On Holy Thursday, the music is a bit quieter and more introspective, said Jeanne Holcomb, a member of the choir for 17 years. On Good Friday, she said, they move on to Joseph Haydn’s “The Seven Last Words of Christ.” By Saturday and Sunday: “Lots of hallelujahs,” she said. “It’s really, really fun to sing. You really let it all loose after those solemn services.”
The highlight of her week, though, usually comes well before Masses begin, at the final rehearsal on Wednesday night.
“We’d go for hours and hours, because we have to rehearse everything for Thursday, Friday, Saturday and Sunday,” Ms. Holcomb said. “And everybody’s like, ‘Oh my Lord, this is taking so long.’ But at the end of it, we just feel so accomplished.”
“It’s a lot of music,” she added. “But it’s all so good.”
In past years, Ms. Holcomb, who lives in Brooklyn, would usually cap off the weekend at the cathedral with a visit to her sister in New Jersey on Easter Sunday. But she will spend this year’s holiday the same way as everyone else, following Mass from afar.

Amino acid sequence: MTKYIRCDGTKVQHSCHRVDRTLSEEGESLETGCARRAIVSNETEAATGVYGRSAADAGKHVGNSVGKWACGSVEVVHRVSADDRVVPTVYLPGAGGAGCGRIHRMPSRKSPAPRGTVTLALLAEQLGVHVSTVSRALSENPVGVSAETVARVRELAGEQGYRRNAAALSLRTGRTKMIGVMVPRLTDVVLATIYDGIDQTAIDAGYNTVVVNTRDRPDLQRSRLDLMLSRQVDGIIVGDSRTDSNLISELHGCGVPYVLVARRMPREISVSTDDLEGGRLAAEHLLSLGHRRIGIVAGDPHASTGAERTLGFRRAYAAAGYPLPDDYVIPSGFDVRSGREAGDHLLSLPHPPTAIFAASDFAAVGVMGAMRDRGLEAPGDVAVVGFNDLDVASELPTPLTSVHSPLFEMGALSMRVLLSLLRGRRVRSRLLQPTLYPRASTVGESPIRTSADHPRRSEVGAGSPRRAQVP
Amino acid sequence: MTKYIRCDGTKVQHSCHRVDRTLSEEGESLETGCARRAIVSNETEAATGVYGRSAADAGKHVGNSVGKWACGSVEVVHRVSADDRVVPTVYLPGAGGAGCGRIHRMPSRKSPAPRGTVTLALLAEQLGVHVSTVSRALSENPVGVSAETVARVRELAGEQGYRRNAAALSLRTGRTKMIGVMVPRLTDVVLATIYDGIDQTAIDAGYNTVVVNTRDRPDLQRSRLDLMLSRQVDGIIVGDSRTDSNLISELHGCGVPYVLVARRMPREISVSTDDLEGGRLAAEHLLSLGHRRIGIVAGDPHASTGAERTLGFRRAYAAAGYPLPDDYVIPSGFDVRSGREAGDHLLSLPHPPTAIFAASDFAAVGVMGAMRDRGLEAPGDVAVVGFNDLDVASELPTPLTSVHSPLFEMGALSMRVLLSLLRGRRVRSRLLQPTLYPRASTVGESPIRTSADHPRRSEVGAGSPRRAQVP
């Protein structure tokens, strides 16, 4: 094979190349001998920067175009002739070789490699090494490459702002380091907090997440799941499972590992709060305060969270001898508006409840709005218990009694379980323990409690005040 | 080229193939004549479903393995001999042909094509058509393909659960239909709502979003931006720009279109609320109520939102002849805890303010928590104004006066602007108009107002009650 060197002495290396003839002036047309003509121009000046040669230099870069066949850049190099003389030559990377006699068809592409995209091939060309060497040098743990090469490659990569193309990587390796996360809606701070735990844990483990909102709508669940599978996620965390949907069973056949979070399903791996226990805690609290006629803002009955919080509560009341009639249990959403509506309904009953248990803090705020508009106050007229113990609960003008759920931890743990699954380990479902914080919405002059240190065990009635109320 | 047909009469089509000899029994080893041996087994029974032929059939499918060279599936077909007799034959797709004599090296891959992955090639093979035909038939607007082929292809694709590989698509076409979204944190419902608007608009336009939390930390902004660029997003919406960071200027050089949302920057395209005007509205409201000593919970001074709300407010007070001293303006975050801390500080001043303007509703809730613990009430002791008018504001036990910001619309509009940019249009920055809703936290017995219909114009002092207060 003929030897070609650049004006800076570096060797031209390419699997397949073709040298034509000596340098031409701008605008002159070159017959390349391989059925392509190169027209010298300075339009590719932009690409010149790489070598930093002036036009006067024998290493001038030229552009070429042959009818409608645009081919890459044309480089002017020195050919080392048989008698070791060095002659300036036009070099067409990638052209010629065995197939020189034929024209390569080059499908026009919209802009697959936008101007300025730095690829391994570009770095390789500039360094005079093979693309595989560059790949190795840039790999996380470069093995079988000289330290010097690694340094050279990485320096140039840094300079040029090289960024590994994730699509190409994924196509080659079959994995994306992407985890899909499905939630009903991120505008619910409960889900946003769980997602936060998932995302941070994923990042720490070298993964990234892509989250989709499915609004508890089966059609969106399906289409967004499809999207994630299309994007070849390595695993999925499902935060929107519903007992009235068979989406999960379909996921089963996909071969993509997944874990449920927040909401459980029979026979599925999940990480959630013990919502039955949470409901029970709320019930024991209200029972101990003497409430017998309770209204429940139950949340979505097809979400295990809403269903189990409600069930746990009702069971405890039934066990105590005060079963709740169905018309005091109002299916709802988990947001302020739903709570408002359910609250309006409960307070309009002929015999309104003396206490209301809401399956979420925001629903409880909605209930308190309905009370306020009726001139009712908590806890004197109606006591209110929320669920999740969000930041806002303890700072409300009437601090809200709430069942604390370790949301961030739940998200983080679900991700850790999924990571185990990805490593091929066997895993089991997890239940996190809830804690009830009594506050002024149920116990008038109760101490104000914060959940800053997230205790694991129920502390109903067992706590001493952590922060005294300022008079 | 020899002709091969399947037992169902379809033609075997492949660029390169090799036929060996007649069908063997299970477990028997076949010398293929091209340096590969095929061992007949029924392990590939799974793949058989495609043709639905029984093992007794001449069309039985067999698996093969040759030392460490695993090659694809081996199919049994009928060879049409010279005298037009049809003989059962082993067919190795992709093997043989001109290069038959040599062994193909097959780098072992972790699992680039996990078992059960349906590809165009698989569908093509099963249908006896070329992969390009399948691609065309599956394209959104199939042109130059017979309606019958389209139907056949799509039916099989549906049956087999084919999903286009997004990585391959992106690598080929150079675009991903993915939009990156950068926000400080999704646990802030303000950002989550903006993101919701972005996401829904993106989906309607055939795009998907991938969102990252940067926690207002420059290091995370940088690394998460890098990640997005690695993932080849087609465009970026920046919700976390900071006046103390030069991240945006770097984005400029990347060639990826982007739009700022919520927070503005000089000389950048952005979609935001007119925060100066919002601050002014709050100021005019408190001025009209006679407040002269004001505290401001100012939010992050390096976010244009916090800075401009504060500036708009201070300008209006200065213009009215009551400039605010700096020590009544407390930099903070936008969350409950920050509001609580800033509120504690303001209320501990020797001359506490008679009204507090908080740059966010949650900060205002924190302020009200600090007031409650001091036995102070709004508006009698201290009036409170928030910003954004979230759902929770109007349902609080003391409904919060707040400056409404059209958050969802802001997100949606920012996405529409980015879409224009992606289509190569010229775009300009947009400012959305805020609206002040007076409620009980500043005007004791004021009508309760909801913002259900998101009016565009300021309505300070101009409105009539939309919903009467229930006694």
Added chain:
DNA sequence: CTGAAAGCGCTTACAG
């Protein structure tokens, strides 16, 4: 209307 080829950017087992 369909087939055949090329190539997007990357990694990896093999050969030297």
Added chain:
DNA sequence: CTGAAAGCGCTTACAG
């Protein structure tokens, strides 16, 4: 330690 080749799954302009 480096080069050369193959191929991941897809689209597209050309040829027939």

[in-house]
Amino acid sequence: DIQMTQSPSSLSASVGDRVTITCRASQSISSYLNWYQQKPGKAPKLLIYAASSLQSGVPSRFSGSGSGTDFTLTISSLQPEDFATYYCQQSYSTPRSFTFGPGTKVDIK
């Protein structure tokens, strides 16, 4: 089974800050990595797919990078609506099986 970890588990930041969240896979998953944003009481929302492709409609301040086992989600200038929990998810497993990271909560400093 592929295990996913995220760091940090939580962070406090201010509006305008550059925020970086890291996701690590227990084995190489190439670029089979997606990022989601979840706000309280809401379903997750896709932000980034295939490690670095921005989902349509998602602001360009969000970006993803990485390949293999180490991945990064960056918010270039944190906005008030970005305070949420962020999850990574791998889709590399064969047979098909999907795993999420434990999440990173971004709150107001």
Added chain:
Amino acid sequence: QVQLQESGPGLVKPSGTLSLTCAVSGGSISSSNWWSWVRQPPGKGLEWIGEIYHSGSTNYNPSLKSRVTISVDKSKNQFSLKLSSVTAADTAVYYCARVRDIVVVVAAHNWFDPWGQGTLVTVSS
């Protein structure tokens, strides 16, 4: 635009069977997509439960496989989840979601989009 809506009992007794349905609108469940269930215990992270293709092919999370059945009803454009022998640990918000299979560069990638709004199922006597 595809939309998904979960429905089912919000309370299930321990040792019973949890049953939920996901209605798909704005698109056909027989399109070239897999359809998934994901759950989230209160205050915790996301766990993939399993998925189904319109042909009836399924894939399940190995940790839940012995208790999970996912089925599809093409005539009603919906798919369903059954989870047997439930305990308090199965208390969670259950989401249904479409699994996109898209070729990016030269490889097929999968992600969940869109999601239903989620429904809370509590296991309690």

“I’ll watch the live stream, but otherwise, I’m singing by myself just for fun,” she said. “It’s a bummer, but then so many people have it worse. I just miss it, that’s all.”
For her part, Dr. Pascual will still play the organ on Saturday night for the Easter vigil, which will also be streamed live online. Dr. Pascual has always felt a particularly strong attachment to the vigil, and to the weekend as a whole — her last name has roots in the Latin word for Easter. But this year no one will be baptized or confirmed at the cathedral during the Saturday vigil, as is usual, and the deacon who typically leads a portion of the liturgy is stuck in Portugal because of the virus.